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Harvest Time


Harvest used to be the centre of the year for pretty much the entire population, it is what the long school summer holiday was for, It wasn’t time off: it was time to do some real work! We may not be the agrarian society we once were but we all know of annual events that hold great importance and carry extra stress. Tax returns, exams, stock take; we plan for them, work towards them and celebrate with a drink when they are over, but we don’t really talk about them… unless something goes wrong.

So, harvest appears in folk tale as a marker in time or a backdrop of activity that was understood by any audience, in the same way that shopping in the third week of December might be nowadays. If the actual business of bringing in the crops is important to the plot then you can be pretty sure that trouble is on it’s way. Despite many tales from other times of the year indicating the superiority of the female intellect, sending a young wife off with a scythe to tackle a field on her own is apparently a bad idea as she is likely to fall asleep or accidentally cut her own clothes off, instead of cutting the crop, and then suffer a personality crisis as she fails to recognise herself and thinks she must be someone else!

The most well known tale of harvest is “The Tops And The Butts”. This simple tale has been told, with little variation, across the whole agricultural world for hundreds of years. Sometimes the protagonists are a fox and a bear, or some other animal pairing, but mostly it’s a human farmer and a devil / bogle / boggart / (insert supernatural being of choice). The farmer (or fox) is preparing a field for planting when their antagonist appears and claims that they own the land. After some negotiation the devil (or bear) allows the farmer to proceed on condition that they share the crop. The wily farmer (or… you’ve got the point by now) asks their new partner if they would like the tops or the bottoms and when the poor dupe says “tops” the farmer plants beets, resulting in a full harvest for himself and a pile of waste leaves for his “landlord”.

Naturally the next year the bogle requests the bottoms, whereupon the farmer plants wheat and pulls in a second harvest whilst leaving the fall guy with roots and stubble. Many versions end there with the stooge muttering “This land is rubbish! You can keep it.” and wandering off in a huff.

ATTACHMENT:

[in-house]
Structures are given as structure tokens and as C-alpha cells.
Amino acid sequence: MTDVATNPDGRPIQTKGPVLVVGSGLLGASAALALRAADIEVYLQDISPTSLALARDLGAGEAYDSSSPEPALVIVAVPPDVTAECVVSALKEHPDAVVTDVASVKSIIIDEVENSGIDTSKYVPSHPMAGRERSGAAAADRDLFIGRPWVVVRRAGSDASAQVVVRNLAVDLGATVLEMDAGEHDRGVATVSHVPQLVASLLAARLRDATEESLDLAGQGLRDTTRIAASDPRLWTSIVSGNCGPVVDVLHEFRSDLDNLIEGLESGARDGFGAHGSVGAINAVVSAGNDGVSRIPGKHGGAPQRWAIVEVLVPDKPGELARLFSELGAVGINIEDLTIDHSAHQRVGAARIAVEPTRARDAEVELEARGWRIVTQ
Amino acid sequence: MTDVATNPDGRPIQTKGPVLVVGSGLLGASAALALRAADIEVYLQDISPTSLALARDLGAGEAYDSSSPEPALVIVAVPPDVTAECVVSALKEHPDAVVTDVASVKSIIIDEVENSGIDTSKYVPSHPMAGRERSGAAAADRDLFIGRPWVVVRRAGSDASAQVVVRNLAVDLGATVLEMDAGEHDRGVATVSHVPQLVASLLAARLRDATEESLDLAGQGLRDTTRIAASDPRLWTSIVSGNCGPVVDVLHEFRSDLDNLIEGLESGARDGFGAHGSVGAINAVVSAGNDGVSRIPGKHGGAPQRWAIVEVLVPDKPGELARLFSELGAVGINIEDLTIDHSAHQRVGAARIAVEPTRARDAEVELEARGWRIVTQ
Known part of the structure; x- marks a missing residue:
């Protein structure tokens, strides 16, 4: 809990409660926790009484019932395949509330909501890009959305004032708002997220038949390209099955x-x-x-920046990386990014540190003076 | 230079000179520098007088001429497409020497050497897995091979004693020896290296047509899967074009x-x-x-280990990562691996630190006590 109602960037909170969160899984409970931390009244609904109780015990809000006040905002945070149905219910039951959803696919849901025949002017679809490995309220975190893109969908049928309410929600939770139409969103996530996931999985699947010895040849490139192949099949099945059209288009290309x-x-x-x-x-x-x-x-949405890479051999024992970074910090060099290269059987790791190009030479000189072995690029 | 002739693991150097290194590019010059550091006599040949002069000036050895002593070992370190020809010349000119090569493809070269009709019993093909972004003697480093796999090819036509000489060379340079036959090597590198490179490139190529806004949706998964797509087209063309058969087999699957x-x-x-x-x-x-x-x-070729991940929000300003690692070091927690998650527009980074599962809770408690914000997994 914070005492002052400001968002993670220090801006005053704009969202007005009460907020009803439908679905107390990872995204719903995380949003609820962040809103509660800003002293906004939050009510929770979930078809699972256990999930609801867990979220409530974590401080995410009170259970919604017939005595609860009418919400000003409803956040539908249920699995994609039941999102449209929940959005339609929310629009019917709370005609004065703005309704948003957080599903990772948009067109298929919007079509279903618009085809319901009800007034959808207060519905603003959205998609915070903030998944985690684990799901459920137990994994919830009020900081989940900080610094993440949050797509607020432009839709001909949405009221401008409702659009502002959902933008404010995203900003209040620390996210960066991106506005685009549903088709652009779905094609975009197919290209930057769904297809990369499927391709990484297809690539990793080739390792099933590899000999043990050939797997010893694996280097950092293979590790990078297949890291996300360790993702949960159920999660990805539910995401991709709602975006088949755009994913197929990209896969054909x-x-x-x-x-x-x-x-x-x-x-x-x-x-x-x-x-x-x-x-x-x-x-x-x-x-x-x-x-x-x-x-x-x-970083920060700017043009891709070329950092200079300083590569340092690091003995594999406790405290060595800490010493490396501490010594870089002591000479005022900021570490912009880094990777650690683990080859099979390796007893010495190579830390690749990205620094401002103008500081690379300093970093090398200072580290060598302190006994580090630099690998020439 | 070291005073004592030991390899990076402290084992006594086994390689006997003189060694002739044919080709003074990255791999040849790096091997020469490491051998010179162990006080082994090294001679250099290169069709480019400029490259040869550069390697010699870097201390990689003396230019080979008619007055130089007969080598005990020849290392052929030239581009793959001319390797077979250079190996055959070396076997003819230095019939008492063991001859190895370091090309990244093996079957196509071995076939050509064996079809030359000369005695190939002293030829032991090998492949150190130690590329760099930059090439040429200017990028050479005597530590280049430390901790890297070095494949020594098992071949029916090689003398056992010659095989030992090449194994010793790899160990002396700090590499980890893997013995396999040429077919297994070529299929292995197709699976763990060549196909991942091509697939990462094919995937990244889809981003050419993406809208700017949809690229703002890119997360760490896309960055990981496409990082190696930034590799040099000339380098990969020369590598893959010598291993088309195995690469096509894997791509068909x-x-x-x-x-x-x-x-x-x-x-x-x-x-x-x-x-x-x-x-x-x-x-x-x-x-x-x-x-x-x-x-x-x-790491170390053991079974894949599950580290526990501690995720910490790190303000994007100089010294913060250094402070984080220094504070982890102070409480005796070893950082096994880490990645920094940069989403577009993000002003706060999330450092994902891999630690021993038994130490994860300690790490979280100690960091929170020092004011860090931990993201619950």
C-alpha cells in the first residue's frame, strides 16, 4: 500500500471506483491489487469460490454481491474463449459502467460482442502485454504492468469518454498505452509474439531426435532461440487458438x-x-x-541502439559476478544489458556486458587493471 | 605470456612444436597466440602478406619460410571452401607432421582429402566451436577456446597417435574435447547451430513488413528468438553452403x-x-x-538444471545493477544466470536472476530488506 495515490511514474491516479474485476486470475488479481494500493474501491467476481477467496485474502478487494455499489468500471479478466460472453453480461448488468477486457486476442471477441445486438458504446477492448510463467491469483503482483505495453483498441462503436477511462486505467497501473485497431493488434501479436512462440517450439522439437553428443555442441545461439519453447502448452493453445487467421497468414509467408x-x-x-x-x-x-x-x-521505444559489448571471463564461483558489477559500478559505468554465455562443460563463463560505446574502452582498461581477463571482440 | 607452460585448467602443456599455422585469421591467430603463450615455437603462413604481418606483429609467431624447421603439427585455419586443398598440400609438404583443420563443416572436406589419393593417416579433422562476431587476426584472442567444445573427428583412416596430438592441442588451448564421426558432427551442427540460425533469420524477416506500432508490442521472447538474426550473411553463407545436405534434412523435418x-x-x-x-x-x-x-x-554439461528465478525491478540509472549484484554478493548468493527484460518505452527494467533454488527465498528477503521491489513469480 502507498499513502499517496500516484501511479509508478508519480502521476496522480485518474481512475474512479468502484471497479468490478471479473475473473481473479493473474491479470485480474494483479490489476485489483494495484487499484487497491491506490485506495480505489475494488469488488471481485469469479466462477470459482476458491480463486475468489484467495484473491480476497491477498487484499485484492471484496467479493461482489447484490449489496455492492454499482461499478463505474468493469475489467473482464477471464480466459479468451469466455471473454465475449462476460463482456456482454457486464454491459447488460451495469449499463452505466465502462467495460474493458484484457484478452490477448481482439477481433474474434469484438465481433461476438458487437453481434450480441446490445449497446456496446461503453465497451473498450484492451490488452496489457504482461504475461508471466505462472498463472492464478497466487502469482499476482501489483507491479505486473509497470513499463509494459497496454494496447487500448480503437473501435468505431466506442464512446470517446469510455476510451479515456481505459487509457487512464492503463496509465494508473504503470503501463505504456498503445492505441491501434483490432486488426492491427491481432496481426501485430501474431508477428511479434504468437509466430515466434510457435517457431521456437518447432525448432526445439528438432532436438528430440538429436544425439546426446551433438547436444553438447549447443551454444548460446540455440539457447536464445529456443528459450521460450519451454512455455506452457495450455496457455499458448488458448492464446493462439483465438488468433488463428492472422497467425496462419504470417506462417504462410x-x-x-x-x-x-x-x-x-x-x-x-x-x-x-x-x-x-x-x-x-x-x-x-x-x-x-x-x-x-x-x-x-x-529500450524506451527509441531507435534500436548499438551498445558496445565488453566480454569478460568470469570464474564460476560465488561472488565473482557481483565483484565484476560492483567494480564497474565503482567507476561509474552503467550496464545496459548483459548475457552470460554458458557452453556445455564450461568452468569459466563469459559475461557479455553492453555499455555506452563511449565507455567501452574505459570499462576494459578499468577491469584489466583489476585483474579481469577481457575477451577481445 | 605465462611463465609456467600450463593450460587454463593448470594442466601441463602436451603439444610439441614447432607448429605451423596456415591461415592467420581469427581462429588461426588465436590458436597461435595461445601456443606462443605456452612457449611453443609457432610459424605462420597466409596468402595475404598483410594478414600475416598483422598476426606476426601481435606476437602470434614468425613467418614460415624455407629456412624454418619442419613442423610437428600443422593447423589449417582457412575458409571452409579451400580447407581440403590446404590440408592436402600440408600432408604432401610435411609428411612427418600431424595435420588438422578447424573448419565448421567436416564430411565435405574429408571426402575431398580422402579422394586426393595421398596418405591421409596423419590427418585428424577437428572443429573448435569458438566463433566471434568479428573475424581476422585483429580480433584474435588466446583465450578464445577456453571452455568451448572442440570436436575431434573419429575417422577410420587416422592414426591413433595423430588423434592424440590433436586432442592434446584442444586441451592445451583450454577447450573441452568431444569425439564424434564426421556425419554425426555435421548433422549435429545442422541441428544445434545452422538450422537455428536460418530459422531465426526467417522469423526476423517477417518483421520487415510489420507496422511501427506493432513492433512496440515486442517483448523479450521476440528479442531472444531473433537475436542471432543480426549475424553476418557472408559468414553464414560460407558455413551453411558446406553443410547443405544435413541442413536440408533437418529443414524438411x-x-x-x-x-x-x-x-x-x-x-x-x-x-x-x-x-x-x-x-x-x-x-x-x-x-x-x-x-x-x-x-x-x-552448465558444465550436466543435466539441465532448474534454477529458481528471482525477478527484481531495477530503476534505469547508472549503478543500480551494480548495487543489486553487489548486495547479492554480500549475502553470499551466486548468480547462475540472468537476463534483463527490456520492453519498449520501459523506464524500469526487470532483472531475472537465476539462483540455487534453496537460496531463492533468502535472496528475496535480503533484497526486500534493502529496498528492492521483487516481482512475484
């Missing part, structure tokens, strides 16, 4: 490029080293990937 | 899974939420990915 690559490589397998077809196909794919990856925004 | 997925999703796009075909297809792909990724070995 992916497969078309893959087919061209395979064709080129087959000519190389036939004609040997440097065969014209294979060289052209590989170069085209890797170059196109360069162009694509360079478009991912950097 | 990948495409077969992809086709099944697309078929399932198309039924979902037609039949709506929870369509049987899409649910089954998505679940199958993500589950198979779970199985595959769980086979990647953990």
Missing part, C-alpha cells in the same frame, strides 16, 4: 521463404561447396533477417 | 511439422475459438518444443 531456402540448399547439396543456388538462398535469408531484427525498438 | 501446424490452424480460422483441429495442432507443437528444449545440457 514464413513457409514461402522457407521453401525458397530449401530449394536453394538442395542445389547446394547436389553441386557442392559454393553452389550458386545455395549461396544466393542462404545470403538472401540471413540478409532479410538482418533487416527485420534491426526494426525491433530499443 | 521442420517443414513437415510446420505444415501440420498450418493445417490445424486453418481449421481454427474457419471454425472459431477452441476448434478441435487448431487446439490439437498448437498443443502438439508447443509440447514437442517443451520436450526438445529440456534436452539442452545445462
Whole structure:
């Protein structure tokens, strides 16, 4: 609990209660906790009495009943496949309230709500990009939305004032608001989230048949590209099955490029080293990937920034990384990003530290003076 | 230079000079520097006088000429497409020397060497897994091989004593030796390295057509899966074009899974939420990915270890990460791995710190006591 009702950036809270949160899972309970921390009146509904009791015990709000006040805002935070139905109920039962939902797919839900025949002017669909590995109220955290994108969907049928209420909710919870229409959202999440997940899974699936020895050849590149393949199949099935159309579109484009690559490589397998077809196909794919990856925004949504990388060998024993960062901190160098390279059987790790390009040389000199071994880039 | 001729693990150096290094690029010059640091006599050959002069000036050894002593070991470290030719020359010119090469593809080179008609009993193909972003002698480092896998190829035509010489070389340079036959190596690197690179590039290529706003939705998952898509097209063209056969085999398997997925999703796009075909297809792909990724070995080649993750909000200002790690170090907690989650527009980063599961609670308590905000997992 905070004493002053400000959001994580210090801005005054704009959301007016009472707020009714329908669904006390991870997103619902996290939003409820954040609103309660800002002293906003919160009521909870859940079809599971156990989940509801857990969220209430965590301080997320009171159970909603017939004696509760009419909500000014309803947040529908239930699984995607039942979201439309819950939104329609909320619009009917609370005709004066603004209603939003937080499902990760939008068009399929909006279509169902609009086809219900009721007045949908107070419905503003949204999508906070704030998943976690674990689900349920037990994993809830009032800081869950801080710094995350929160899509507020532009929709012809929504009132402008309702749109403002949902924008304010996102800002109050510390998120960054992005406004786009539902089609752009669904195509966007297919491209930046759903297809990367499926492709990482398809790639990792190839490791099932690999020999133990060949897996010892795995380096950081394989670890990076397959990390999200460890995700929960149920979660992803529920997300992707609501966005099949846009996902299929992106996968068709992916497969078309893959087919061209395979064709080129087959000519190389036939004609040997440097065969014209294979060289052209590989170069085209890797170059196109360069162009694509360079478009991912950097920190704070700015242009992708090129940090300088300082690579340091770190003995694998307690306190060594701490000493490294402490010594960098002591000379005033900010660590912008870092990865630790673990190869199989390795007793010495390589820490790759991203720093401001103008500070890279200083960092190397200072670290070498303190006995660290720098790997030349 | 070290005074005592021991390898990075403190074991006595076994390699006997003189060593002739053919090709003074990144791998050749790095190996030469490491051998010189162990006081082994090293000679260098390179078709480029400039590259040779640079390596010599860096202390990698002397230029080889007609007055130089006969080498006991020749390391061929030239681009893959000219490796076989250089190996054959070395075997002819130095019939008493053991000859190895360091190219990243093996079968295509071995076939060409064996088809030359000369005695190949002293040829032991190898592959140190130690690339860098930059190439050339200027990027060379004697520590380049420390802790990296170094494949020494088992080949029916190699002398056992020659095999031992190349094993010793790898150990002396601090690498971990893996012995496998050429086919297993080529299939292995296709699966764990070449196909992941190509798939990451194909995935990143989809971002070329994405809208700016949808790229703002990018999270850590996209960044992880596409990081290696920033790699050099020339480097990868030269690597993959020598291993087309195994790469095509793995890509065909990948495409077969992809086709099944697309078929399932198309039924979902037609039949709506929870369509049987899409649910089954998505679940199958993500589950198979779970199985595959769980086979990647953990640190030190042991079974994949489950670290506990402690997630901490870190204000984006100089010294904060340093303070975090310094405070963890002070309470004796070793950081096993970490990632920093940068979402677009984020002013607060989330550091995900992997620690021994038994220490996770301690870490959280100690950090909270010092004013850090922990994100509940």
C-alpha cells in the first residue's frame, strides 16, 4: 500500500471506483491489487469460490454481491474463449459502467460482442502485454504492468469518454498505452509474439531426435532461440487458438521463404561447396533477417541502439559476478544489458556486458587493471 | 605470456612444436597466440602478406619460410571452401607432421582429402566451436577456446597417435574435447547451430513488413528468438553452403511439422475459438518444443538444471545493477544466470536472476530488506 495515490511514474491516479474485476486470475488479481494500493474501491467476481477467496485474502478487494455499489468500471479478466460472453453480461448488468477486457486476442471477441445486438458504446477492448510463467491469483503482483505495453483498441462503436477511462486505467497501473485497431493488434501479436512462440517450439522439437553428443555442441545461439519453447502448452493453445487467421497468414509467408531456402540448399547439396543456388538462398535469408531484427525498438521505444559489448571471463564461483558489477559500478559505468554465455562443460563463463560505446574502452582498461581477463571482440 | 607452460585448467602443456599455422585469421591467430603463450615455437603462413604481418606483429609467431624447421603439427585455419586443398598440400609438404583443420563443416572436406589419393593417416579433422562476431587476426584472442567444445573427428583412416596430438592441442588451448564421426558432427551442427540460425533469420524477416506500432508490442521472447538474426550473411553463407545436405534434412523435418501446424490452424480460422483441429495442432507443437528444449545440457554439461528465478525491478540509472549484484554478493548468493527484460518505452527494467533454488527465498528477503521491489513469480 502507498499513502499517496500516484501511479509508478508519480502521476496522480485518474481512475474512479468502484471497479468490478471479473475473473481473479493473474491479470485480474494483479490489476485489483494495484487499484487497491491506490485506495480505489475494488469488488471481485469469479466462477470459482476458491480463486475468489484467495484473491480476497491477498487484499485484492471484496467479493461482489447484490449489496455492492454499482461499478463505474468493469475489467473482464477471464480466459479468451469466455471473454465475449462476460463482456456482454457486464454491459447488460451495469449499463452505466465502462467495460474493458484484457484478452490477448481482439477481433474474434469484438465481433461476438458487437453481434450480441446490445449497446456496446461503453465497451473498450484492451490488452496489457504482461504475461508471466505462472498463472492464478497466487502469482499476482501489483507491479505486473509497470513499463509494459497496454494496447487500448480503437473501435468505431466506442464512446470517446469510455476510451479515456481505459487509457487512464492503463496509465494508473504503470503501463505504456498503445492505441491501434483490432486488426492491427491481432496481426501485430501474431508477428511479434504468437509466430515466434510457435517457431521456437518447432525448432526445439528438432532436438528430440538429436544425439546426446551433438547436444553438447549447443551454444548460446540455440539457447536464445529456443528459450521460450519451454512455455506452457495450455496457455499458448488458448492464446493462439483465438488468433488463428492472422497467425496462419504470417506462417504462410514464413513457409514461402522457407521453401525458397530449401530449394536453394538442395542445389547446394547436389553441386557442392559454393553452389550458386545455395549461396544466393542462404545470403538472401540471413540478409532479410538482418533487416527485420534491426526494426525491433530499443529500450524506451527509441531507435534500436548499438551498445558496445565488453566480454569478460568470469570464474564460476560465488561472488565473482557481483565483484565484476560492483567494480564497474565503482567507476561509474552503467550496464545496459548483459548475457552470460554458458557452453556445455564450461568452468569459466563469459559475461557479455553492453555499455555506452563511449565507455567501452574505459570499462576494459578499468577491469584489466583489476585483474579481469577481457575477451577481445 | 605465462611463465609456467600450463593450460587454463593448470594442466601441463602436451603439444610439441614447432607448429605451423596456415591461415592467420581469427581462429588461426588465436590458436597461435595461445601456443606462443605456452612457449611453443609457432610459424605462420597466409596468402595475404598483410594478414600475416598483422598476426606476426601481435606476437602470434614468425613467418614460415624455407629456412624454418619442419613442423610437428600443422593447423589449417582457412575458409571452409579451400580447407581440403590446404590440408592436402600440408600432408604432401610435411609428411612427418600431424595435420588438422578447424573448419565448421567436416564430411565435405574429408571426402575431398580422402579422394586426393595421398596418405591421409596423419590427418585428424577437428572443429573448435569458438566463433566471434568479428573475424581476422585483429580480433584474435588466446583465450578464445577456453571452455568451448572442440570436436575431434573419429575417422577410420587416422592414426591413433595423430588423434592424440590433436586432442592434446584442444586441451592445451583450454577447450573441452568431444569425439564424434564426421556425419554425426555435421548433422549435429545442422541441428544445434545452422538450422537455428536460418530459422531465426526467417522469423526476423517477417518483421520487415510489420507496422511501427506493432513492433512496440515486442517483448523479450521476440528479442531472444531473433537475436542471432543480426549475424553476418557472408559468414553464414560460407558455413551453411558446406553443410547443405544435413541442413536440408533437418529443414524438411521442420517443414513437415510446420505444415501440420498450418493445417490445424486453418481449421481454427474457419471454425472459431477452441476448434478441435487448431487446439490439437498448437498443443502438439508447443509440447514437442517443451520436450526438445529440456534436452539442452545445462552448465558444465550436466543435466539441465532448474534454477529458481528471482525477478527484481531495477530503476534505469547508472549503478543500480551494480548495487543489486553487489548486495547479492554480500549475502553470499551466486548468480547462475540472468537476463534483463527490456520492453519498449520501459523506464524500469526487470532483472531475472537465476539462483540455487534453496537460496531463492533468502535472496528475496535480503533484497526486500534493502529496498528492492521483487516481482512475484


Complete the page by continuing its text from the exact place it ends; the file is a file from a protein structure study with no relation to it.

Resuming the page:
This breaks the story telling rule that ‘Anything that happens twice happens three times.’ and I rather like it for that. Some variants though, have a third year which I am sure has been added on to make up the magic three. The field is divided in two along it’s length, planted with wheat and both parties agree to a mowing match: whoever finishes their half first gets the whole field. So the farmer cheats by planting thin metal rods amongst the wheat in the other’s half which sufficiently slow their opponent, who thinks the scythe-blunting rods are “burdocks”, that he gives up the race.

Entertaining as it is, “The Tops And The Butts” does not stand up to examination if what you want is a moral at the end of your story. The boggart’s ownership of the land may not be proven but neither is it disputed and he gives no provocation for the farmer’s trickery save being different and maybe a little slow. The story seems to suggest it’s ok to cheat people of other races, that the ‘civilised’ farmer has a right to displace the ‘ignorant’ native from their ancestral foraging grounds.

For a more ethically palatable harvest tale I recommend “The Field of Genies” which not only teaches the whole process of preparation and planting but warns against the employment of forces we do not fully comprehend. The genies who own the field (and increase in numbers exponentially as the story progresses) enthusiastically repeat the actions of the farmer, which is tremendously helpful when doing the back-breaking tasks of digging and raking etc, but accidentally giving them the wrong actions to follow results in disaster.

As artificial fertilisers and indiscriminate pesticides deplete our soil or reduce our essential biodiversity and genetically engineered crops promise magical returns that are too good to be true, we would do well to listen to the message of this old yarn.

Be it harvest, exam or stock take, if you want to reap the rewards then you have to put in the hard work: There are no short cuts.

Here’s to living happily ever after …until the next adventure!

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Filed under August, Folk Tale, stories, Storytelling, Summer